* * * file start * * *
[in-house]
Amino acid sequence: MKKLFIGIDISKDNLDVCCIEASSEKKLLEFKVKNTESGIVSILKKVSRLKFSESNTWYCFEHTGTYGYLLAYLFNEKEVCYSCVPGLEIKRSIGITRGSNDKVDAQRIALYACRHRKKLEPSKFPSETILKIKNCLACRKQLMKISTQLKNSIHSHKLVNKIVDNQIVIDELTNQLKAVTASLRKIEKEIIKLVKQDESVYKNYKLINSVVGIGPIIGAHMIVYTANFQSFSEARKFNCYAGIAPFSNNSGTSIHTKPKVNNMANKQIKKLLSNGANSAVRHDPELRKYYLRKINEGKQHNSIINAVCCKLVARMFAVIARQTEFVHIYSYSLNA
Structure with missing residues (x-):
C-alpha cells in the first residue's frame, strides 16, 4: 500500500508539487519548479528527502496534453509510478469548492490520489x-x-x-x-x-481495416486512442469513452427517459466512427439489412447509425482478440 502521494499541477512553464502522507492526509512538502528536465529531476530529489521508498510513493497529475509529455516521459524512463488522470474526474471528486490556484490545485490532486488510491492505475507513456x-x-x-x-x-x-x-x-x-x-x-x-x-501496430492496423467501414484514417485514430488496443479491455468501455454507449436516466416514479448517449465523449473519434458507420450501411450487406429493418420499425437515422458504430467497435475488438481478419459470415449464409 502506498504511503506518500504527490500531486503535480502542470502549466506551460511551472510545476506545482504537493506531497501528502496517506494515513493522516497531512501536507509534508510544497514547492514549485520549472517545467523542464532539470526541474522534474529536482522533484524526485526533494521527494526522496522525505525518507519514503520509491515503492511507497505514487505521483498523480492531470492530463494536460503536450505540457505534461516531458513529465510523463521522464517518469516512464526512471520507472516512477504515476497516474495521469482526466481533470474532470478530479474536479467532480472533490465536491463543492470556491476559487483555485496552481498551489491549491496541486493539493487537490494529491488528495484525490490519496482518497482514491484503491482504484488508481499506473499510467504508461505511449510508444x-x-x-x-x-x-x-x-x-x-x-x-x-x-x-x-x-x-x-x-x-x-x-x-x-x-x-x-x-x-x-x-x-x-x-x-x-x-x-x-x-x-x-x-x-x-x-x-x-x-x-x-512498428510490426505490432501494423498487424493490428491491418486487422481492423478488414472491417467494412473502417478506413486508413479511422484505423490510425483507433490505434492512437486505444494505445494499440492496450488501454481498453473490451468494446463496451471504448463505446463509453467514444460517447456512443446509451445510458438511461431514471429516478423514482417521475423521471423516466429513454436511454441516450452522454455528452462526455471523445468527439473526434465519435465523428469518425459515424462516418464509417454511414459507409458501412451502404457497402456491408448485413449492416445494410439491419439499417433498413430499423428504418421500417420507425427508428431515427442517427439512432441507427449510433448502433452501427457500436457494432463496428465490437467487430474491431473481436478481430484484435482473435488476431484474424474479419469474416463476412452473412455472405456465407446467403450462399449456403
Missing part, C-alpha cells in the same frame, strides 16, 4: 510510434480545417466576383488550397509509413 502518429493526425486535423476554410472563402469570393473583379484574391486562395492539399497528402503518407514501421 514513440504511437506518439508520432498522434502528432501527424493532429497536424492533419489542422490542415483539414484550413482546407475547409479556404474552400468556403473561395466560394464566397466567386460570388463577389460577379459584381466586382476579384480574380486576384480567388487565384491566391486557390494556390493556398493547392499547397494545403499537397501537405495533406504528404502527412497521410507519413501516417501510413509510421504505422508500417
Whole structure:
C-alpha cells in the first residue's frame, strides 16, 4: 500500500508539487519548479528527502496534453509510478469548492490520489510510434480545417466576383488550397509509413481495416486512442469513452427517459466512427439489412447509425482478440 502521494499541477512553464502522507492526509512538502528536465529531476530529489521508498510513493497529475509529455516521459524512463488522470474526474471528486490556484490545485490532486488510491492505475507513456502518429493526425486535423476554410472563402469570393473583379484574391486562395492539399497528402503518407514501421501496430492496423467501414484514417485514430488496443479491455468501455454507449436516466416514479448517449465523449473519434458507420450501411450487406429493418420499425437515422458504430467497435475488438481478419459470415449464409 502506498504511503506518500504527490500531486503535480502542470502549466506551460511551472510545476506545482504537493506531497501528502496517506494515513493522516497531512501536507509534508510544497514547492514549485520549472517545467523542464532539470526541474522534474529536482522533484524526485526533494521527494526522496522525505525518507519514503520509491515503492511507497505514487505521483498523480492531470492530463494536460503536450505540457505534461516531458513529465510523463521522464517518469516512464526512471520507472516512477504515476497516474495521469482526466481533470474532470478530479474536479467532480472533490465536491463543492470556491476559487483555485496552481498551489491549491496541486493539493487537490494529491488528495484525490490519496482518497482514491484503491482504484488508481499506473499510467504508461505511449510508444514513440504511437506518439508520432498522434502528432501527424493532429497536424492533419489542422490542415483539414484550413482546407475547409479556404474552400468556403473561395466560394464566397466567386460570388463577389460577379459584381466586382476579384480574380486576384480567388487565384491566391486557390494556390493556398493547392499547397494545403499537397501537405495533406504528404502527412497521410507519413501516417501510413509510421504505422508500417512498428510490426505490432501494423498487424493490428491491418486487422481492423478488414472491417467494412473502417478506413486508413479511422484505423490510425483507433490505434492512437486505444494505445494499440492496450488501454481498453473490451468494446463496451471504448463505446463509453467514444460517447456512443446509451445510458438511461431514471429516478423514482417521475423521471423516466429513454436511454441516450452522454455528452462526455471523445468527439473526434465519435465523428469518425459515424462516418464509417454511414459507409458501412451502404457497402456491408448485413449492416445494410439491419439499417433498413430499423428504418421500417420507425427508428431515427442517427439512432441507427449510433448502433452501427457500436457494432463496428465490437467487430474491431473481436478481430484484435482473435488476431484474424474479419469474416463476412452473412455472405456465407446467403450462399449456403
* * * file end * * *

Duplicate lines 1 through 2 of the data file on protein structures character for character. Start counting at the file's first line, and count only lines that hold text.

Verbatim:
[in-house]
Amino acid sequence: MKKLFIGIDISKDNLDVCCIEASSEKKLLEFKVKNTESGIVSILKKVSRLKFSESNTWYCFEHTGTYGYLLAYLFNEKEVCYSCVPGLEIKRSIGITRGSNDKVDAQRIALYACRHRKKLEPSKFPSETILKIKNCLACRKQLMKISTQLKNSIHSHKLVNKIVDNQIVIDELTNQLKAVTASLRKIEKEIIKLVKQDESVYKNYKLINSVVGIGPIIGAHMIVYTANFQSFSEARKFNCYAGIAPFSNNSGTSIHTKPKVNNMANKQIKKLLSNGANSAVRHDPELRKYYLRKINEGKQHNSIINAVCCKLVARMFAVIARQTEFVHIYSYSLNA